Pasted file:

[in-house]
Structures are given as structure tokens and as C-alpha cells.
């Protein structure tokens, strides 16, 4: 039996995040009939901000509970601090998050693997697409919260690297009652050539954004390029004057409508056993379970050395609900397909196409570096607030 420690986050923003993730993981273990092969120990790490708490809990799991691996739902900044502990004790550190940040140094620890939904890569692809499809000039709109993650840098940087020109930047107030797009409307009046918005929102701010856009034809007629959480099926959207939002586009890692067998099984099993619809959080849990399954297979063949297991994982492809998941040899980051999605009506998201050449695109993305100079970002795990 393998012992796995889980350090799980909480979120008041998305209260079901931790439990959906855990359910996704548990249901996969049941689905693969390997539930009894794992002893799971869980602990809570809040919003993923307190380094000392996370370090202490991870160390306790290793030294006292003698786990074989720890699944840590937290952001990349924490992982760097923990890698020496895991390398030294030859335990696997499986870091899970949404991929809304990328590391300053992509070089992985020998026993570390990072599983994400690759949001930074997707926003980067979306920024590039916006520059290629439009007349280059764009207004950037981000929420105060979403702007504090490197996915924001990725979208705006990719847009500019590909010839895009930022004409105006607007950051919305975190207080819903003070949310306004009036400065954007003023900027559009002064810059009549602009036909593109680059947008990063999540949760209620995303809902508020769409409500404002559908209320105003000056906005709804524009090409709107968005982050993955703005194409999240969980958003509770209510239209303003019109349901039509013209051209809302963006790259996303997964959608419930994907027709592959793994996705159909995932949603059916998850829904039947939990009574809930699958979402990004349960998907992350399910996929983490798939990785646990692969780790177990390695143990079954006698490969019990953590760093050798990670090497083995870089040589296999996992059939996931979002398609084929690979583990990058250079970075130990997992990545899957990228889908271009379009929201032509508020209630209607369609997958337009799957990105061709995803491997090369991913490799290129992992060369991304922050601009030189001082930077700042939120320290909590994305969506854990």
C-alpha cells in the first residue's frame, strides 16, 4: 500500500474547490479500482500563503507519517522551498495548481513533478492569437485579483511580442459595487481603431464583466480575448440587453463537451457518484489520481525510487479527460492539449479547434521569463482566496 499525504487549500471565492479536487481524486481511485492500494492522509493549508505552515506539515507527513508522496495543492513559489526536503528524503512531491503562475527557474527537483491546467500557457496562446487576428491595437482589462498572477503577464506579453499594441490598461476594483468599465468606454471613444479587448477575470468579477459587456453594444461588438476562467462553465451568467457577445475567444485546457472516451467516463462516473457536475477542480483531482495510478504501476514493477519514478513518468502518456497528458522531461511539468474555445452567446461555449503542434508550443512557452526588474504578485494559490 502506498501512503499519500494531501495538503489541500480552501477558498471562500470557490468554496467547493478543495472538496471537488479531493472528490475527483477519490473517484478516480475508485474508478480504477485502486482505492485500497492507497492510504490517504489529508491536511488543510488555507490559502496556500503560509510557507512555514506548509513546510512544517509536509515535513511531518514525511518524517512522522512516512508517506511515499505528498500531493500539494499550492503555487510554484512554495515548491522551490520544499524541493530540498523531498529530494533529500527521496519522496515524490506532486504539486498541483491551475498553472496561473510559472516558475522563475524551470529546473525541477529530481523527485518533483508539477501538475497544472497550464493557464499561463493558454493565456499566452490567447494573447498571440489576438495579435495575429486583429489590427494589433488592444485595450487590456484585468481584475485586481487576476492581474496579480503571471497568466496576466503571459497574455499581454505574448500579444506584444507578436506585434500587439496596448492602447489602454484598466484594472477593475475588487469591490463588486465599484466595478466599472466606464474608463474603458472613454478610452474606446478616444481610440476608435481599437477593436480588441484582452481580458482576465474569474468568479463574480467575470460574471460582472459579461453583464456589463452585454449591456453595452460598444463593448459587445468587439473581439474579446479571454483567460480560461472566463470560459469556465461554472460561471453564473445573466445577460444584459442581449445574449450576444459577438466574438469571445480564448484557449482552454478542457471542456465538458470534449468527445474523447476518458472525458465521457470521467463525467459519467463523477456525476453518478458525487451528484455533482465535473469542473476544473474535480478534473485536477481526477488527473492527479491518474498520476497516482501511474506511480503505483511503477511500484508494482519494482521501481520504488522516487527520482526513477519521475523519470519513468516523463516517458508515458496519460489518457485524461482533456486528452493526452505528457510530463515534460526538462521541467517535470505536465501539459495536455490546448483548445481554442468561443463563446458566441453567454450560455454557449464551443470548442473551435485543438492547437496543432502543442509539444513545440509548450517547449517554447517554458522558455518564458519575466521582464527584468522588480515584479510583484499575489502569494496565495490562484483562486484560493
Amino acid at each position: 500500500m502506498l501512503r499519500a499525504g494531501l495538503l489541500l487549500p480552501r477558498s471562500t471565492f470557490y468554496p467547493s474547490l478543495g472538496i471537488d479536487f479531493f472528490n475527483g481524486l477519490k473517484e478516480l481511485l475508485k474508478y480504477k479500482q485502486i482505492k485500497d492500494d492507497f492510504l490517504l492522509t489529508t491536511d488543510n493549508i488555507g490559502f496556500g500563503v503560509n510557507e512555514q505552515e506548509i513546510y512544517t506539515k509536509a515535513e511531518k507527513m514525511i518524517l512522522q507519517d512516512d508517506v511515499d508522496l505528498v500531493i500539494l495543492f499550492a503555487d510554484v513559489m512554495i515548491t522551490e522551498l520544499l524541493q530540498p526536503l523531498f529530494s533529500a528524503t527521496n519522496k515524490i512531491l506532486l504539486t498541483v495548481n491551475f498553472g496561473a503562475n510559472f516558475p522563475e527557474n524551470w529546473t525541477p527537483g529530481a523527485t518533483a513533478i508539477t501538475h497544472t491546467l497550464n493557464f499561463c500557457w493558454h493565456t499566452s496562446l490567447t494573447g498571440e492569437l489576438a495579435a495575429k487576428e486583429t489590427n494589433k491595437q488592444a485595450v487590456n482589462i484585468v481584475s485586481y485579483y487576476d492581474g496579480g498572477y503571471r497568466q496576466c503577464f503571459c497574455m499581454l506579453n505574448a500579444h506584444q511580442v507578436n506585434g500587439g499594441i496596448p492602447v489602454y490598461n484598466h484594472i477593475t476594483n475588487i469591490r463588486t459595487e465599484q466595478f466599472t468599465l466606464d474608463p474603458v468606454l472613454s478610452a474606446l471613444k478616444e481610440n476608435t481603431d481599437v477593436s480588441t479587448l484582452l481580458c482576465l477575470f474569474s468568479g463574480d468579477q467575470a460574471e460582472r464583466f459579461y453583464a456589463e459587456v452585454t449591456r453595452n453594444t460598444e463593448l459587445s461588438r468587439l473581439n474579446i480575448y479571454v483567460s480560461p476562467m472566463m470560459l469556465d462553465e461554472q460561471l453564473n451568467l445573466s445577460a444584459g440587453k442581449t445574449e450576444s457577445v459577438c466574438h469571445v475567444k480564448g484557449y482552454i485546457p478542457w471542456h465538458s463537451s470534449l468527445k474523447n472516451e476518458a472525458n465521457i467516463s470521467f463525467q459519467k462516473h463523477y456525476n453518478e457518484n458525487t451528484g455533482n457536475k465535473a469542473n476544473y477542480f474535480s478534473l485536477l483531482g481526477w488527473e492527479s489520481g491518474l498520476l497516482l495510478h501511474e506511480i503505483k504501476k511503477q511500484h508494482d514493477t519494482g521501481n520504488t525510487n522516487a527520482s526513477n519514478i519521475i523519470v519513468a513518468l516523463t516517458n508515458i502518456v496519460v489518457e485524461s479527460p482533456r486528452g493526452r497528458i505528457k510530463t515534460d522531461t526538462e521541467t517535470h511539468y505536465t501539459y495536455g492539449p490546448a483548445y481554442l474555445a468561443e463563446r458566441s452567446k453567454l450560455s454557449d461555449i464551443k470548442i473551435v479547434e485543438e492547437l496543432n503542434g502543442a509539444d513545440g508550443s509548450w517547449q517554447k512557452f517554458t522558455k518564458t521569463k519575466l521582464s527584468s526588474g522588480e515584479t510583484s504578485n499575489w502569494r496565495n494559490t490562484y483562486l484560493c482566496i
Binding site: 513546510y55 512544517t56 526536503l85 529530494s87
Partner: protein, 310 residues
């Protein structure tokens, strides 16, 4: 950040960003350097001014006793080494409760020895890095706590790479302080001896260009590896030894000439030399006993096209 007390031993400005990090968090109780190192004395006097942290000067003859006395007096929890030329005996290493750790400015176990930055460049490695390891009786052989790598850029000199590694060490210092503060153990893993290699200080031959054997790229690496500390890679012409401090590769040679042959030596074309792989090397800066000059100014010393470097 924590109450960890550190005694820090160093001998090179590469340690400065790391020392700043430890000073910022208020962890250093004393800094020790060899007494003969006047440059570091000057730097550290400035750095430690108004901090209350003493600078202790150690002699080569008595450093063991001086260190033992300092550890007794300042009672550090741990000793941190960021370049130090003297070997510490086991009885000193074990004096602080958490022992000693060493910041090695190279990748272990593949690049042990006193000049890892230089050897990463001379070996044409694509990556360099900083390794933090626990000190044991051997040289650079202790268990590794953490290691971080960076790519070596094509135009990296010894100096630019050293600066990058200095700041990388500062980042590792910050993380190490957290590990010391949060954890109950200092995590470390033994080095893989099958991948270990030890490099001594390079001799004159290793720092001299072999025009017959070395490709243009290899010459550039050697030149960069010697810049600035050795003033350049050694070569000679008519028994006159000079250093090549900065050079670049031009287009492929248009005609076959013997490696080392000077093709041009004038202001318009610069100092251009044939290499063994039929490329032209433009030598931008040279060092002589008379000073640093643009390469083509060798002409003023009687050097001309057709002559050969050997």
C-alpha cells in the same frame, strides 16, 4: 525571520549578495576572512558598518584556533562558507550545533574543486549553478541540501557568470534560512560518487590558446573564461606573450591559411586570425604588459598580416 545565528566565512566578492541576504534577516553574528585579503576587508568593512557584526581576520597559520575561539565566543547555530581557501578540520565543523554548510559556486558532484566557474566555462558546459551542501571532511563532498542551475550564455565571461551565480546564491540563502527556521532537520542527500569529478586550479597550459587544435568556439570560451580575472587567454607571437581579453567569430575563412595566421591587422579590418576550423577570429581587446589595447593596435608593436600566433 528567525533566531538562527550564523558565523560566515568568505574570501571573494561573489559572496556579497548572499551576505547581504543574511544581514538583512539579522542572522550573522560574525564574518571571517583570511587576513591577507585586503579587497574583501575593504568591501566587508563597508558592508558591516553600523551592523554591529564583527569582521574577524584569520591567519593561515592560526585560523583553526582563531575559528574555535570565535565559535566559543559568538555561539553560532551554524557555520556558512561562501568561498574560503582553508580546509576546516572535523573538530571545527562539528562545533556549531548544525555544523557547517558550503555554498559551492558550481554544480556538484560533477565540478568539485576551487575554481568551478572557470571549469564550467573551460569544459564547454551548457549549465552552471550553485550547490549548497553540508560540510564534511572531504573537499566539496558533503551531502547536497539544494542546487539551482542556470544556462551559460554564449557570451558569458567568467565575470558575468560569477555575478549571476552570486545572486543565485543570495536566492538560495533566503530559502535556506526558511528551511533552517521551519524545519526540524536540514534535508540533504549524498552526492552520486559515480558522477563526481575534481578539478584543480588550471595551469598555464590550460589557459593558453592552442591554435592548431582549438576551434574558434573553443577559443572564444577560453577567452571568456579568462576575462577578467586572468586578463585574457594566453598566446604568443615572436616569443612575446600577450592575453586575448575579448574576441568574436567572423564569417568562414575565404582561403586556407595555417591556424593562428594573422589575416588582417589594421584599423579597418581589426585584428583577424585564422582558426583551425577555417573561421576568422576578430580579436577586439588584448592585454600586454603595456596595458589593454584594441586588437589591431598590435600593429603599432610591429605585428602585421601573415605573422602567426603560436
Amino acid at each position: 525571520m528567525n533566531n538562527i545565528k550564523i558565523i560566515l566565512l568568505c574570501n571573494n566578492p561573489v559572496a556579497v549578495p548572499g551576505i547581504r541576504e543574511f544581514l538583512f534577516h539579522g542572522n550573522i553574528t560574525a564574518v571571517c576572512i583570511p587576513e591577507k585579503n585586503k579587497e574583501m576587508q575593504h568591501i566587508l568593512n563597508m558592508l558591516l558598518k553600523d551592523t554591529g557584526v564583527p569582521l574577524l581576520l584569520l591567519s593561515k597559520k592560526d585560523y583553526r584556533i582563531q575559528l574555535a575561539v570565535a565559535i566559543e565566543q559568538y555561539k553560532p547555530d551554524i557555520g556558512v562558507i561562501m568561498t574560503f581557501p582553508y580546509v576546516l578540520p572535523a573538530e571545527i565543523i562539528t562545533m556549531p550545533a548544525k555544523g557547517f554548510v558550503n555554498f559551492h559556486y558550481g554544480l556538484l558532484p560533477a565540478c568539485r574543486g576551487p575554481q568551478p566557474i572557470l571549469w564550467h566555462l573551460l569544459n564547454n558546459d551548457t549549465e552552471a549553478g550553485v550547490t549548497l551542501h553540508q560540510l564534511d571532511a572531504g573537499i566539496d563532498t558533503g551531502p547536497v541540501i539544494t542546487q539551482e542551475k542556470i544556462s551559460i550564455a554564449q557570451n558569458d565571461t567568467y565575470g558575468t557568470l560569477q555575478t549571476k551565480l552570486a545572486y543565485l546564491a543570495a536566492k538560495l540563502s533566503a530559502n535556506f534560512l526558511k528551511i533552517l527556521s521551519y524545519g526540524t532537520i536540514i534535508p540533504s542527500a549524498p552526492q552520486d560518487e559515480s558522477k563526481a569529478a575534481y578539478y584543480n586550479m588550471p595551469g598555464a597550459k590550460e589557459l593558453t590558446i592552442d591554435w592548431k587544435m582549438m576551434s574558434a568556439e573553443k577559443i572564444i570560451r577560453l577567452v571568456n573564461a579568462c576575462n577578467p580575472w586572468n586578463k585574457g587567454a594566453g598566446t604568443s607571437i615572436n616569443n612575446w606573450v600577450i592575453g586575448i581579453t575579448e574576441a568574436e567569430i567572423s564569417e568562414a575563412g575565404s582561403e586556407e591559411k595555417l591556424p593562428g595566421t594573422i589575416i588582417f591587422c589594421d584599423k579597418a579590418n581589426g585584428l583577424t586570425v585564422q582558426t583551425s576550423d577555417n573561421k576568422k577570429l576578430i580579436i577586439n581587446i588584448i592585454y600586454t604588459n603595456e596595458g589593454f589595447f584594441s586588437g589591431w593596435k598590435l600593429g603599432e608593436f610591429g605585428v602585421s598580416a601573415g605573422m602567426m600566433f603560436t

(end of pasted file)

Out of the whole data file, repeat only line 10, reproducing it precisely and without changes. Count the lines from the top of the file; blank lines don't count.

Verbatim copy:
Amino acid at each position: 525571520m528567525n533566531n538562527i545565528k550564523i558565523i560566515l566565512l568568505c574570501n571573494n566578492p561573489v559572496a556579497v549578495p548572499g551576505i547581504r541576504e543574511f544581514l538583512f534577516h539579522g542572522n550573522i553574528t560574525a564574518v571571517c576572512i583570511p587576513e591577507k585579503n585586503k579587497e574583501m576587508q575593504h568591501i566587508l568593512n563597508m558592508l558591516l558598518k553600523d551592523t554591529g557584526v564583527p569582521l574577524l581576520l584569520l591567519s593561515k597559520k592560526d585560523y583553526r584556533i582563531q575559528l574555535a575561539v570565535a565559535i566559543e565566543q559568538y555561539k553560532p547555530d551554524i557555520g556558512v562558507i561562501m568561498t574560503f581557501p582553508y580546509v576546516l578540520p572535523a573538530e571545527i565543523i562539528t562545533m556549531p550545533a548544525k555544523g557547517f554548510v558550503n555554498f559551492h559556486y558550481g554544480l556538484l558532484p560533477a565540478c568539485r574543486g576551487p575554481q568551478p566557474i572557470l571549469w564550467h566555462l573551460l569544459n564547454n558546459d551548457t549549465e552552471a549553478g550553485v550547490t549548497l551542501h553540508q560540510l564534511d571532511a572531504g573537499i566539496d563532498t558533503g551531502p547536497v541540501i539544494t542546487q539551482e542551475k542556470i544556462s551559460i550564455a554564449q557570451n558569458d565571461t567568467y565575470g558575468t557568470l560569477q555575478t549571476k551565480l552570486a545572486y543565485l546564491a543570495a536566492k538560495l540563502s533566503a530559502n535556506f534560512l526558511k528551511i533552517l527556521s521551519y524545519g526540524t532537520i536540514i534535508p540533504s542527500a549524498p552526492q552520486d560518487e559515480s558522477k563526481a569529478a575534481y578539478y584543480n586550479m588550471p595551469g598555464a597550459k590550460e589557459l593558453t590558446i592552442d591554435w592548431k587544435m582549438m576551434s574558434a568556439e573553443k577559443i572564444i570560451r577560453l577567452v571568456n573564461a579568462c576575462n577578467p580575472w586572468n586578463k585574457g587567454a594566453g598566446t604568443s607571437i615572436n616569443n612575446w606573450v600577450i592575453g586575448i581579453t575579448e574576441a568574436e567569430i567572423s564569417e568562414a575563412g575565404s582561403e586556407e591559411k595555417l591556424p593562428g595566421t594573422i589575416i588582417f591587422c589594421d584599423k579597418a579590418n581589426g585584428l583577424t586570425v585564422q582558426t583551425s576550423d577555417n573561421k576568422k577570429l576578430i580579436i577586439n581587446i588584448i592585454y600586454t604588459n603595456e596595458g589593454f589595447f584594441s586588437g589591431w593596435k598590435l600593429g603599432e608593436f610591429g605585428v602585421s598580416a601573415g605573422m602567426m600566433f603560436t